Acupuncture is one of many therapies that constitute what is known as Oriental medicine, also referred to as east Asian medicine (EAM), or traditional Chinese medicine (TCM). This is a complete medical system, with its own diagnostic theories and treatment protocols that have been in continuous use for thousands of years. Other treatment methods in this system include: dietary and lifestyle practices, exercise such as Tai Qi and Qi Gong, and clinical Chinese herbology.
Licensed acupuncturists (L.Ac.) in Virginia, as well as nationally, are highly trained practitioners whose graduate education is in Oriental medicine and who undergo extensive and comprehensive training at schools that are accredited by the Accreditation Commission for Acupuncture and Oriental Medicine (See: http://acaom.org), which establishes policies and standards that govern the accreditation process for acupuncture and Oriental medicine programs.. The current professional standard for education in this field is a 4-year masters degree, which includes clinical training with supervision for the entire program, after which graduates are required to pass national board exams (See: http://nccaom.org, the National Certification Commission for Acupuncture and Oriental Medicine) before applying for licensure.
For national Oriental medicine education and certification requirements, see: www. nccaom.org.
In Virginia, Licensed Acupuncturists are licensed under the Board of Medicine. Continuing education units approved by NCCAOM are required to maintain acupuncture licensure in Virginia.
Medical doctors in Virginia compete 200 hours of training prior to adding medical acupuncture to their practice. This is referred to as medical acupuncture, consisting of 120 hours of didactic education and 80 hours of clinical training. An additional 20 hours and two years of clinical acupuncture practice are required to meet eligibility for Full Practice Membership in the American Academy of Medical Acupuncture. AAMA affirms the necessity of 50 hours of approved continuing education in acupuncture every three years for continued membership. See: http://medicalacupuncture.org.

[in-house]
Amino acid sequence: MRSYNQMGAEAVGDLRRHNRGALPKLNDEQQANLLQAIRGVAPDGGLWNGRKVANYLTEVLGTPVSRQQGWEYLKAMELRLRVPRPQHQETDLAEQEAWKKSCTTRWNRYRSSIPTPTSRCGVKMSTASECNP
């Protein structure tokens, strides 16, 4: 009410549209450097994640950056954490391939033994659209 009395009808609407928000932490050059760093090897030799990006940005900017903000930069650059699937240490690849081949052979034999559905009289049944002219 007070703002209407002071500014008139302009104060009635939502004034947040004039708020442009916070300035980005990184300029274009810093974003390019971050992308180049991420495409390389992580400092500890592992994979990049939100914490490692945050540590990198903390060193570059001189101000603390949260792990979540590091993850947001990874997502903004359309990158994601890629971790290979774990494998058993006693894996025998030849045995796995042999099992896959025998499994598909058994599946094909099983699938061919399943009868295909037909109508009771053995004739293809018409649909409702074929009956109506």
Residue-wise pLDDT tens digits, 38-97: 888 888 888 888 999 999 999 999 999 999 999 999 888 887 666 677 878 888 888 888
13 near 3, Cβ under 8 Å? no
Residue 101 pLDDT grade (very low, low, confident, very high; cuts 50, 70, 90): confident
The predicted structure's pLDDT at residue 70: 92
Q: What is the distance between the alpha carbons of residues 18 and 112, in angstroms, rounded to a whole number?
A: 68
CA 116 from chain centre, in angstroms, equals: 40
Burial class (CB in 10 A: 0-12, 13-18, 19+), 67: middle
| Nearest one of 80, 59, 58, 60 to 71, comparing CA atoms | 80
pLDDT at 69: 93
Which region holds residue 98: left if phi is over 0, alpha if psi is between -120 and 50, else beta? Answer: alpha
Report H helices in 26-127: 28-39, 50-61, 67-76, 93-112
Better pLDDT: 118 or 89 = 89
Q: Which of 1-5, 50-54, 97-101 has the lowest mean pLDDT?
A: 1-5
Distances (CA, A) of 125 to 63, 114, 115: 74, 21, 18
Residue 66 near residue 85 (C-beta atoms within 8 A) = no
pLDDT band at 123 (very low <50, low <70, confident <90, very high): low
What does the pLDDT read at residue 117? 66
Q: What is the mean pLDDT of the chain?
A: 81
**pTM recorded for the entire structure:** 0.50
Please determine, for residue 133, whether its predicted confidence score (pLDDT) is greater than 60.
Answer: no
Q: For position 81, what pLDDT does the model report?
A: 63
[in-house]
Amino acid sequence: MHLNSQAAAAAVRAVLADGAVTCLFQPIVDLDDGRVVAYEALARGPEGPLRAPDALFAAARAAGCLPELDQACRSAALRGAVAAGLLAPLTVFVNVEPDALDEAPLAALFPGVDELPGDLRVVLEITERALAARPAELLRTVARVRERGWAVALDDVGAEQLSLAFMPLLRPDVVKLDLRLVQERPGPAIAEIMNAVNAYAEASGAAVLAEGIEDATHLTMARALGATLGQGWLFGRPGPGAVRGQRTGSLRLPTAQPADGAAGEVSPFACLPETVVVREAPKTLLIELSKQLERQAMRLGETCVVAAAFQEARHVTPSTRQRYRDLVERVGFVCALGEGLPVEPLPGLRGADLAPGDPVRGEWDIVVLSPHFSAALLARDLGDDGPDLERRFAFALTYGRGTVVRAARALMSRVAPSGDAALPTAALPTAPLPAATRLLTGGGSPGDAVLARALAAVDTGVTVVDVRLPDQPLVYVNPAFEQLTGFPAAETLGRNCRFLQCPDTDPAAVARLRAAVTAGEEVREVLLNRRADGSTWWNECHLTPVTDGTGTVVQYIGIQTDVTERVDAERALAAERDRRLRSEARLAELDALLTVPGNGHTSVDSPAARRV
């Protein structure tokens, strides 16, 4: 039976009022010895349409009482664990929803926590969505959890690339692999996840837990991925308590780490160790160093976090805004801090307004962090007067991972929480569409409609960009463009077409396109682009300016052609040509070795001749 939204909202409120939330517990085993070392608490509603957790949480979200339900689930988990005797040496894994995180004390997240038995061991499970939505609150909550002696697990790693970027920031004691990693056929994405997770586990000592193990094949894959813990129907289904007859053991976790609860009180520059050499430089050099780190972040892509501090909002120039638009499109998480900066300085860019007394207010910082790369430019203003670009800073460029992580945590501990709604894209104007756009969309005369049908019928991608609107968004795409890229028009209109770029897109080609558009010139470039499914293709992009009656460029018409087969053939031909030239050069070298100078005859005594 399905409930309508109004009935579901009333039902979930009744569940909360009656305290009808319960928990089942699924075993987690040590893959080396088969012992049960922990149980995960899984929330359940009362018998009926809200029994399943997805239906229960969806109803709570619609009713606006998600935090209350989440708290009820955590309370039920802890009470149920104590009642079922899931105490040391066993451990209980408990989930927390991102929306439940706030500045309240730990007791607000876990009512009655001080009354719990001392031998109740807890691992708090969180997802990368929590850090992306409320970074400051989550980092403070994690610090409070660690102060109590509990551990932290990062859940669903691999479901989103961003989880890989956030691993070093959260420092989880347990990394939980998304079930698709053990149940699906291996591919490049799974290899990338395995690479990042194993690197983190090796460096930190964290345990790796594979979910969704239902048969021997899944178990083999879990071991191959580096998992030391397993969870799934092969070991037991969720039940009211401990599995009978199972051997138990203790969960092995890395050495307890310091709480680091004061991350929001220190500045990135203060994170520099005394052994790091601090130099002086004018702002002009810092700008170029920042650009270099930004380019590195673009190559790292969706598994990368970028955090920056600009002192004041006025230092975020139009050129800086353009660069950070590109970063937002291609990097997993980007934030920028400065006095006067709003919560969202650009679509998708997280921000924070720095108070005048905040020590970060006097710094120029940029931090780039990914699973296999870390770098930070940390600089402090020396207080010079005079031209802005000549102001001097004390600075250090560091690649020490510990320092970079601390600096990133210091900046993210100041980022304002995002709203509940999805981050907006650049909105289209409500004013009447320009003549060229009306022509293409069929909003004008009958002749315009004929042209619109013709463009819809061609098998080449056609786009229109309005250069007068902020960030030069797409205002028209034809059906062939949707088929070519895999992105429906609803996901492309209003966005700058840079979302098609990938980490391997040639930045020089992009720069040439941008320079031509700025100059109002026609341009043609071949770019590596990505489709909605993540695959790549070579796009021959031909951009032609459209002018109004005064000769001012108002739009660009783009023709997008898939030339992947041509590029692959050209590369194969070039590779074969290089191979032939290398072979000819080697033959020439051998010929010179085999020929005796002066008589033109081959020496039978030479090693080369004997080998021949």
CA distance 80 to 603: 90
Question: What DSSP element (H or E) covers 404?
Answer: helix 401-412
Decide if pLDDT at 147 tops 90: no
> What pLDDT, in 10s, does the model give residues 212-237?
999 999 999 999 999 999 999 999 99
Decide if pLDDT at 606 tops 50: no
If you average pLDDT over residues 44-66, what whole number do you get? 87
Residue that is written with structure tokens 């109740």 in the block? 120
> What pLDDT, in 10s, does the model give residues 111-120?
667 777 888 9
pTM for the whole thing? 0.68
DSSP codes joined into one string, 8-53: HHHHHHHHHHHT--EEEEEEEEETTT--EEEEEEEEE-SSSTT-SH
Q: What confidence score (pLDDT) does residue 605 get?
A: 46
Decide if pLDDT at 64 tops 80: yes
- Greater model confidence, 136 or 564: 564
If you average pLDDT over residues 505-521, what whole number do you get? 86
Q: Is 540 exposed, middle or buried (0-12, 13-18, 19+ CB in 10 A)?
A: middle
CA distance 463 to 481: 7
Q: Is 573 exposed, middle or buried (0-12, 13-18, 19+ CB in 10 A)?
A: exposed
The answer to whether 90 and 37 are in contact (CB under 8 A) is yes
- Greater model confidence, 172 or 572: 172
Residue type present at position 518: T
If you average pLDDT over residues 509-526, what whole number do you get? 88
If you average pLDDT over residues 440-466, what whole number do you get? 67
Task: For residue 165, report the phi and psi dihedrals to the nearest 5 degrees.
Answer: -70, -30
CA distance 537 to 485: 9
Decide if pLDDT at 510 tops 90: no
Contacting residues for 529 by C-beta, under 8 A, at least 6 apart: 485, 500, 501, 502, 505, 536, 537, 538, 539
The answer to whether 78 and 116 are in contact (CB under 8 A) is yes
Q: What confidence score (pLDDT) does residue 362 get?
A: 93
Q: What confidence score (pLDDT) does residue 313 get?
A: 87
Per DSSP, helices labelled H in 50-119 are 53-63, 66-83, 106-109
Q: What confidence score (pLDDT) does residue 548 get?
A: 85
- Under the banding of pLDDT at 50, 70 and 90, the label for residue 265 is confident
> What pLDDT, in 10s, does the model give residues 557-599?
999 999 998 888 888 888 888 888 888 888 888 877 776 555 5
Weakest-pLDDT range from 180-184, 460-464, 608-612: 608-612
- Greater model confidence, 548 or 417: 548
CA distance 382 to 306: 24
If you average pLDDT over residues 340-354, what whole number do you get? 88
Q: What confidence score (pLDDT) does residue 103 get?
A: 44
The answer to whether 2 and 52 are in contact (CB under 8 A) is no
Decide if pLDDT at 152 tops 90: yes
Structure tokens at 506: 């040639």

While other healthcare practitioners, such as physical therapists and chiropractors, may use adjunct modalities that are referred to as “dry needling,” or “trigger point dry needling,” this is in fact acupuncture, albeit with a little as 20-54 hours of training, obtained from for-profit continuing education seminars. These programs feature primarily classroom or online education with no clinical internship training, and no measure or national standard of competency by which to practice acupuncture. Of note, chiropractors are currently required to complete 200 hours of training prior to adding the acupuncture modality to their practice, but now many are circumventing that requirement by becoming “certified” in “dry needling.” See: http://acupuncturesafety.org, or http://www.csap.us.
See the chart below for more information regarding education and training for acupuncture:
As with any healthcare provider, the relationship you have with that person is key to the healing process.
It is important to take time to find the right practitioner for you, with whom you are comfortable sharing your health history, so that you can work together to set goals for your treatment. Each practitioner has something unique to offer to the patient.
Don’t hesitate to ask a practitioner if they offer complementary consultations before beginning a treatment plan. This will help you determine if the practitioner is someone you will be comfortable working with. Upon request, I provide 20-30 minute complementary consultations in my office which is an opportunity for you to ask questions pertinent to how we will work together.
Questions? Please ask!